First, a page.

Imagine the scene: There are hundreds if not thousands of Islanders, male, female & children gathered on a beach in the Faroe Islands.   Motor boats begin to purr and race towards the beach from the open sea bringing hundreds of pilot whales onto the shore.   Before the whales approach the shore, all the males on the beach race out into the shallow beach and attack the whales with a large hook attached to a rope to finally slice through their dorsal area to finish the kill.  Pregnant whales are slit open and their young removed to rot on the beach.

At first glance, the Grindadrap (Grind) looks like a sporting event, but it falls deep in Norse culture and history and included in the arguments to keep the hunt going:

  • Communal food is required for the villages
  • Keeping the pilot whaling population down (Culling)
  • Protecting heritage / culture

Please do your best to spread the information about this annual event, google it, read about it, blog about it and talk about it.   It was last year I first came across it and have signed petitions and tried to mention it when I get the chance.  Lets hope these horrible scenes can be stopped.

Some other reading / petitions / graphic images:







inACTIVE Listening

When is the last time you sat down with an album and actually listened to it?

  • I don’t mean put the CD on and did something else.
  • I don’t mean listened to music as you travel to and from work.
  • I don’t mean had music on as you sit with friends and chat.

I mean, actually listen to it?

I’m fortunate enough to work with young people and constantly have the chance to question them in relation to their music, what they listen to, why they listen to it and where they listen to it. Its became clear to me that we no longer think of albums in the traditional sense. I think its too simple to describe an album as simply:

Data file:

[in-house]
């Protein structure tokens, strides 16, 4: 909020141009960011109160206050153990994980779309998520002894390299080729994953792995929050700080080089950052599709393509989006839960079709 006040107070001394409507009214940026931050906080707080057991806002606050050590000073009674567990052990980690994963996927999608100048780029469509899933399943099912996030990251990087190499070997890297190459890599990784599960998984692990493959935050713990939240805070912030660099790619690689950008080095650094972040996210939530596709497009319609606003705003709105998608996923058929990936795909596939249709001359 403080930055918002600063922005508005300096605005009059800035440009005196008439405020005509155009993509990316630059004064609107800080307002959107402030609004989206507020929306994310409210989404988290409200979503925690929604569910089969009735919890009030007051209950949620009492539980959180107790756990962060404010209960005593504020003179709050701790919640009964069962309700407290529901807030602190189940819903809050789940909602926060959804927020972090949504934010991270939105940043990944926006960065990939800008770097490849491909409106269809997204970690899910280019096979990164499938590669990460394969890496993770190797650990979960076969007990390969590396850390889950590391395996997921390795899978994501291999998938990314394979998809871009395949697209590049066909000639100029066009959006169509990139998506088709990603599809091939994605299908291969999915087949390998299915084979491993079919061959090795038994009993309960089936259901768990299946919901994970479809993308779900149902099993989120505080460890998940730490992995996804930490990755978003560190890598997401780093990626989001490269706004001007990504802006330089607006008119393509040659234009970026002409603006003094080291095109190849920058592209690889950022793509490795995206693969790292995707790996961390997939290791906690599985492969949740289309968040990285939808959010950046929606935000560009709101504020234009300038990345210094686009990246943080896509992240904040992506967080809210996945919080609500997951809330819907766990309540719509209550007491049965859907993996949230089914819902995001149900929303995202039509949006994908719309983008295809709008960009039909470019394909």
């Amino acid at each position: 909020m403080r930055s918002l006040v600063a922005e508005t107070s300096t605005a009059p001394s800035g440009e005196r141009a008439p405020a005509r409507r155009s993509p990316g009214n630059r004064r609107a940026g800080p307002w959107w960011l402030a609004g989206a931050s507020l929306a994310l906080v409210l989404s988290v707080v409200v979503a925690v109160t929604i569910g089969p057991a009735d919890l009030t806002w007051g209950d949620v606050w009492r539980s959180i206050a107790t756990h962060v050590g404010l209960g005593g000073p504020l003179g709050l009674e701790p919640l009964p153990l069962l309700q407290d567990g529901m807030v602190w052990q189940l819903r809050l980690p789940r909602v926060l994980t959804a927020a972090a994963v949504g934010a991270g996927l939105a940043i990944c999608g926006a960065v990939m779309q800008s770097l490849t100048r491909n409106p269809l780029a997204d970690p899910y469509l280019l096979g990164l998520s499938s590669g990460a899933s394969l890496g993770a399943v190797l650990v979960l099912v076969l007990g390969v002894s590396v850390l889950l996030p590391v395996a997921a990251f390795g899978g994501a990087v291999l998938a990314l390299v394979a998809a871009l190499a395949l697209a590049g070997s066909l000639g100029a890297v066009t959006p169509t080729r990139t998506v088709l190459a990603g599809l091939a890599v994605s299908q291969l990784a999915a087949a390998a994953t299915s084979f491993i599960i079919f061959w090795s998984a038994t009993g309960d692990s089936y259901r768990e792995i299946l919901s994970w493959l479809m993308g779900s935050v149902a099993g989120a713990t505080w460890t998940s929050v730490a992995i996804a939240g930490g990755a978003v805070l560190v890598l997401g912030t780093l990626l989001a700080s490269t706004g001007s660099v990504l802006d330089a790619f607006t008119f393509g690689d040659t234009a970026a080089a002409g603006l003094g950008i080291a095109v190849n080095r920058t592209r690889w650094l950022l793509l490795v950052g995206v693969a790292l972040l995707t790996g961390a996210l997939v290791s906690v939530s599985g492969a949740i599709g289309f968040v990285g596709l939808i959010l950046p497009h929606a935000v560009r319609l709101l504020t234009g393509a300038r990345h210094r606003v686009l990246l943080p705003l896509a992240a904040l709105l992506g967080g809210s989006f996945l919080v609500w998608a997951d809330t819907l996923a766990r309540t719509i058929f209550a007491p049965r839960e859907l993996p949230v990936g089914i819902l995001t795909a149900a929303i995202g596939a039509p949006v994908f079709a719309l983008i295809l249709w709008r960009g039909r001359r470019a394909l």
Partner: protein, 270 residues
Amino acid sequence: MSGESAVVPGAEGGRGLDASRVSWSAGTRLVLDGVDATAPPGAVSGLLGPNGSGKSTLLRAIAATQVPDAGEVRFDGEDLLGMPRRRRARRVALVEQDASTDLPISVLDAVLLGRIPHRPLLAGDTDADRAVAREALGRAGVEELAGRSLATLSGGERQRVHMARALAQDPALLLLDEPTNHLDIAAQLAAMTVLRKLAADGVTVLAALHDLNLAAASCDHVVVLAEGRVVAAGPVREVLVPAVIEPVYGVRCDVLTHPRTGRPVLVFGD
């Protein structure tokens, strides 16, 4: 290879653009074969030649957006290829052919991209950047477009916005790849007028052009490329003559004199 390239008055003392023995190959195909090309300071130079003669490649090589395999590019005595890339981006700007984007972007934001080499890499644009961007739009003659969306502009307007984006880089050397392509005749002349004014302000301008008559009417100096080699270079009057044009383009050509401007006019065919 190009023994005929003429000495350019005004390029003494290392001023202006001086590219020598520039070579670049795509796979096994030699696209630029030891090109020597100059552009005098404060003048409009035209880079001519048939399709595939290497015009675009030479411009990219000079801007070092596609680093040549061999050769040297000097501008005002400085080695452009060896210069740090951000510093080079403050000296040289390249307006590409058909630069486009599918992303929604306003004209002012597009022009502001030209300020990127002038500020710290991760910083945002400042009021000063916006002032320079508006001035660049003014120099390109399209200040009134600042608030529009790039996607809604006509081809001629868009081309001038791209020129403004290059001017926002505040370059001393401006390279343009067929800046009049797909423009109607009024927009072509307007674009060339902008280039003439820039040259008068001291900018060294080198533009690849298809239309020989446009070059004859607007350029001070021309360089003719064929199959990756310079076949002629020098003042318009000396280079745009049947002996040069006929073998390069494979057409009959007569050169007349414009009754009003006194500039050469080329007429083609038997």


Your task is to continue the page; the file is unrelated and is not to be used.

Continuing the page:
“A set of musical recordings stored together in jackets under one binding”

Its far more than that, for me its recordings in an order that captivates the listener, speaks of a time in history, draws you into the mood of the recordings and spits you out the other end in such a way that you want to put the album straight back on again. Its similar to the way artists build live set lists – its an experience and has to take a certain path, its not and never was supposed to be a “shuffling playlist” – we have created that. Its not wrong, its just not as was intended when the album was put together. Another conversation on this subject was with my own Father; (an addicted professional record collector). He has been a huge inspiration on me musically throughout my years and we spoke about the idea that people no longer listen to music in the way it was once the norm. Albums were like snapshots of time and were a focus on conversation, it was also clear from this conversation that the “jazz cigarette” played a small part in relaxing the listeners in these days so that they often couldn’t speak throughout the entire listening session (even it they wanted to).

Right, on to the reason for this post. After reading an article from Greg Wilson’s blog titled Living To Music where it talks about exactly this. Listening to music with full attention on the music. It got me thinking about my own circle of friends and that between us we have so many different interests in so many diverse genres & styles of music. So, in five simple rules the idea is this,

  • We decide on an album every two weeks and set a listening date and time.
  • We agree to listen to it without distractions (no telephone/email) in the comfort of our own personal space.
  • We use headphones if possible.
  • We agree to post a comment about the album (as simple as we like).
  • We also contribute to the pool of “Albums Worth Listening To”

So please, I’ve left the comments open on this post and would love feedback and ideas for albums which I will collate and post back about – I’m sure all of us put time aside to have dinner, to read, to go for walks in the park, even if this is just to get between 35 – 59 minutes out of your busy schedule to listen to something you have never heard before – its worth it.

Let me know if you’re interested?